I constantly found it odd to be on a phone call and hear the Fold’s hinge creaking subtly as I gripped it in different ways and shifted its position on my ear. Sometimes furious typing sessions would be briefly interrupted by the phone folding inward a tad, causing me to mistype and then flatten the screen back out again. Samsung’s hinge mechanism is, by all accounts, an extremely advanced piece of tech — but it still doesn’t “lock” the phone tightly when open, and the small amount of slack in the hinge when closed isn’t the most reassuring as you grip this heavy (and expensive) phone in one hand.
Samsung deserves props for not cutting back on the specs of the Fold, which directly follow the Galaxy S10+. That includes the camera array, which feels particularly overkill with two different selfie camera setups in addition to the standard three rear cameras. It probably could have dropped down the RAM, storage or battery capacity, or removed some of the extra cameras and stereo speakers, and made the Fold a bit thinner and lighter to alleviate some of these clear ergonomic issues. But Samsung stuck with a focus on providing the best possible performance and features for this $1980 phone, which is probably for the best. Performance has been excellent, even when heavily multitasking, and battery life has averaged out to be just a little worse than the Galaxy S10+ — not bad considering the extra screen real estate the Fold has to power.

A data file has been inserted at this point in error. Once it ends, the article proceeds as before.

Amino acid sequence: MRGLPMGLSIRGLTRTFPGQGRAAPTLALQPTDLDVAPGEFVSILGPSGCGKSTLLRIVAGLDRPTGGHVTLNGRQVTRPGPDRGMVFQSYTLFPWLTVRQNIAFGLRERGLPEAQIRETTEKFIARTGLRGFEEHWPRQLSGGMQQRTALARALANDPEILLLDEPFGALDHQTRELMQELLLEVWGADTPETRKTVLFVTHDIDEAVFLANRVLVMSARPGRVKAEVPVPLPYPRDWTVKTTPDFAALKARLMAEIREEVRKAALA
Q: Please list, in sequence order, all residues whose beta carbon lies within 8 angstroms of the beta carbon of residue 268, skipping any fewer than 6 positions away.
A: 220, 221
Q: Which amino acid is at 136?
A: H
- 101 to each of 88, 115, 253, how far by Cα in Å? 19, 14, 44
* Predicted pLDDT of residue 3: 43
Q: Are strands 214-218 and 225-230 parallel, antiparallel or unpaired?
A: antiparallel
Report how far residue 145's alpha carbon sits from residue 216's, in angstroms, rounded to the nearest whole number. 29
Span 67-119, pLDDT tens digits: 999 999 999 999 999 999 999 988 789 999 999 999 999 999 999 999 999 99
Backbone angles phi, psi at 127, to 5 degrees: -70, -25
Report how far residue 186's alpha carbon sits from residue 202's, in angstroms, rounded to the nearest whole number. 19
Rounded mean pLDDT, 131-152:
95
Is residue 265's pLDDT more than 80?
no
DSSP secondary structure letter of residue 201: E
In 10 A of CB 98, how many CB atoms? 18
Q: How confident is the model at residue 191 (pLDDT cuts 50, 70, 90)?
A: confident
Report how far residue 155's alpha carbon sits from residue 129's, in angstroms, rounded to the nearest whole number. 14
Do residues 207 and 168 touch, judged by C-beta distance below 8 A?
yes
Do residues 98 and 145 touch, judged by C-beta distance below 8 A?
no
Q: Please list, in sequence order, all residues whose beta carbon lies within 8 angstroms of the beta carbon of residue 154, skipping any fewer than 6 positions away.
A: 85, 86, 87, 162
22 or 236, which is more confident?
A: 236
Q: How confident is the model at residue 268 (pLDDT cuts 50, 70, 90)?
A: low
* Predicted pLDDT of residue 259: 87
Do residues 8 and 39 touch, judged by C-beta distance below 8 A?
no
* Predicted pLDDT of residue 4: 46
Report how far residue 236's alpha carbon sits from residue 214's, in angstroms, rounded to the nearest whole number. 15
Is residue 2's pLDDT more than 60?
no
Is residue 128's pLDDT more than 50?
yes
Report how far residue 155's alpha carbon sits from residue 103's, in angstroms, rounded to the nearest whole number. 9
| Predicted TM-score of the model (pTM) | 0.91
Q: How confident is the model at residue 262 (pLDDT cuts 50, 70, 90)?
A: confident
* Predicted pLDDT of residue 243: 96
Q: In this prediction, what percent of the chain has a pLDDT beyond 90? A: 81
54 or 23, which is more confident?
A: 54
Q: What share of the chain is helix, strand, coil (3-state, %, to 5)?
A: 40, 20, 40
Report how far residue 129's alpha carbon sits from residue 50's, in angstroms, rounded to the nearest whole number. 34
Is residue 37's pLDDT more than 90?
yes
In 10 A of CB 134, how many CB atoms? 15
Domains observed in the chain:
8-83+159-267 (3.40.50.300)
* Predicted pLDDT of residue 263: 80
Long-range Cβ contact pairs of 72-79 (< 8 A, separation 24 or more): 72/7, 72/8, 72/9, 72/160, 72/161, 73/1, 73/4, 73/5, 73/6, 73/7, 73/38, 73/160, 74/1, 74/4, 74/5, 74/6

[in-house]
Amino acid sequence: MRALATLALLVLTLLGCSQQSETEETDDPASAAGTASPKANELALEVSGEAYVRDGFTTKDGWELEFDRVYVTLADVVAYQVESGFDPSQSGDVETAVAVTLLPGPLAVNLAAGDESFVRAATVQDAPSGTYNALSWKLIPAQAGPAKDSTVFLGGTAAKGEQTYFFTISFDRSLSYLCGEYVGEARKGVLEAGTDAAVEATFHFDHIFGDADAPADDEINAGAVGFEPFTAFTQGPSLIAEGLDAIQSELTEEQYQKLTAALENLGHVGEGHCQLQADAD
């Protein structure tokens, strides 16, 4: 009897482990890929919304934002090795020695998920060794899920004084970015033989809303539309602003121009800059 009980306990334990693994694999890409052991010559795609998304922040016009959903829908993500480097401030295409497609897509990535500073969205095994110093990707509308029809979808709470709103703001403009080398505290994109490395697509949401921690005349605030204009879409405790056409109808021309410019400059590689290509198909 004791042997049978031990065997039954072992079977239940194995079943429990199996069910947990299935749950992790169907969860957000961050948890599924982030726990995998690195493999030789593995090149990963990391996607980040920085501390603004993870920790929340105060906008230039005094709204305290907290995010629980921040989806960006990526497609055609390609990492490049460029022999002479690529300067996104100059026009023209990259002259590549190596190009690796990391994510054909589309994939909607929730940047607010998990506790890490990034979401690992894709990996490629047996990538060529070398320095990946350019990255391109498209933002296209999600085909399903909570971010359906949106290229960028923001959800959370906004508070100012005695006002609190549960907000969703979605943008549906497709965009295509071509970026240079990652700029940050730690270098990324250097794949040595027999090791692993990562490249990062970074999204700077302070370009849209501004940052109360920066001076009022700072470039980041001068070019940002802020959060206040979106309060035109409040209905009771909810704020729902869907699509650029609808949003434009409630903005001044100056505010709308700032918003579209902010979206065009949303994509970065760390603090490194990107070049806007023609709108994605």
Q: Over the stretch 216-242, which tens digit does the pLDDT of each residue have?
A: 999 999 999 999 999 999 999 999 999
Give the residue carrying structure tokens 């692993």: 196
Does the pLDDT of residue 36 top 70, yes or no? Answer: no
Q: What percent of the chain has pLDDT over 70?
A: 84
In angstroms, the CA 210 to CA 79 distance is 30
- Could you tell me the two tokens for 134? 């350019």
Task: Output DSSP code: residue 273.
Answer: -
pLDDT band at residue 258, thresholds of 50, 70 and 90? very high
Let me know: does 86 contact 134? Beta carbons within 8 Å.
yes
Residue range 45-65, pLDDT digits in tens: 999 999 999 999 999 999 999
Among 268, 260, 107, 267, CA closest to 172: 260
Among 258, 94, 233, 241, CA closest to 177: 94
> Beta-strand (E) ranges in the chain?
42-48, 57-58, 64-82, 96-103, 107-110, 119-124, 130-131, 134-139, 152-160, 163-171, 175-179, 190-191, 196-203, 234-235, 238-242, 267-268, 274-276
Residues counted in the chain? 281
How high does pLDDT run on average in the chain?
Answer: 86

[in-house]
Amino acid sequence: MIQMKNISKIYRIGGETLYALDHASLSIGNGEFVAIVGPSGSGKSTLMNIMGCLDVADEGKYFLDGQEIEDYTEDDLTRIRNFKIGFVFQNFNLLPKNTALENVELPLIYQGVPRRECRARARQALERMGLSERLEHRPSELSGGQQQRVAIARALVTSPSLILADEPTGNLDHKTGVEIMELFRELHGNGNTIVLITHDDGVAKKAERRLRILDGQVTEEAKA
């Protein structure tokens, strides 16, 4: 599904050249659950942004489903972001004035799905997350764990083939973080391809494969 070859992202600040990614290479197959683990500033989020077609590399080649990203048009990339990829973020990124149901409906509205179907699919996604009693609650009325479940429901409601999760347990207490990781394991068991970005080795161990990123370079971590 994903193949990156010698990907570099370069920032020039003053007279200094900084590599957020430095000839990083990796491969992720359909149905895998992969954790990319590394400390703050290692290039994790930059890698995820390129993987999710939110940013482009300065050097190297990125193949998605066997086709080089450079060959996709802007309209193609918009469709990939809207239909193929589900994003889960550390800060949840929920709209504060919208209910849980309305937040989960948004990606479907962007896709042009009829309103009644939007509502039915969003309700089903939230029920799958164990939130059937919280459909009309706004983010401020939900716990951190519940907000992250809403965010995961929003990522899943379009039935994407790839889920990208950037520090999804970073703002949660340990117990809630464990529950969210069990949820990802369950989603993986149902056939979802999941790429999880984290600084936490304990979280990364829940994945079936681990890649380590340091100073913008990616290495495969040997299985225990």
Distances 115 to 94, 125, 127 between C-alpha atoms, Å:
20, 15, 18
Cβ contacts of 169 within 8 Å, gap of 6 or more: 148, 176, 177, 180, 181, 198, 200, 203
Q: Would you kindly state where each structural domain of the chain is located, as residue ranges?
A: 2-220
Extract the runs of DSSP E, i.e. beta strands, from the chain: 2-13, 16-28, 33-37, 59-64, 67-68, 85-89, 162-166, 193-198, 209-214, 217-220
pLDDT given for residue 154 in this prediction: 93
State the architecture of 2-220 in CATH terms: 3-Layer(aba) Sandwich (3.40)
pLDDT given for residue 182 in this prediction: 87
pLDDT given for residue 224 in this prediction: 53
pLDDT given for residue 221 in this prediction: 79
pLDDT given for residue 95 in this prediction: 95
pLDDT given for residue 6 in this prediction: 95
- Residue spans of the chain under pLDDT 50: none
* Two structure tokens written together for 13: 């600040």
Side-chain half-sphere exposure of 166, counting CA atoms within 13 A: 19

That being said, the Fold doesn’t have all of the features of the Galaxy S10+. It notably loses its headphone jack, a Samsung staple, and the complicated hardware design means it doesn’t have any IP water- or dust-resistance rating to speak of. And of course because the main screen is covered with a plastic protective layer rather than glass, the screen doesn’t look quite as brilliant as it does on Samsung’s last few years of phones.
Of course, it wouldn’t be a high-profile phone launch without some high-profile controversy to match. As we were all enamored by the Galaxy Fold’s technical feats, several early reports of failing screens quickly threw a wrench into our excitement. None of the compromises or issues I enumerate here have anything to do with these screen fragility concerns, but when Samsung’s response to these screen issues is to delay the entire phone launch you need to take it into consideration. Those discussions will have to pick back up when we see Samsung’s official launch hardware later in the year, though.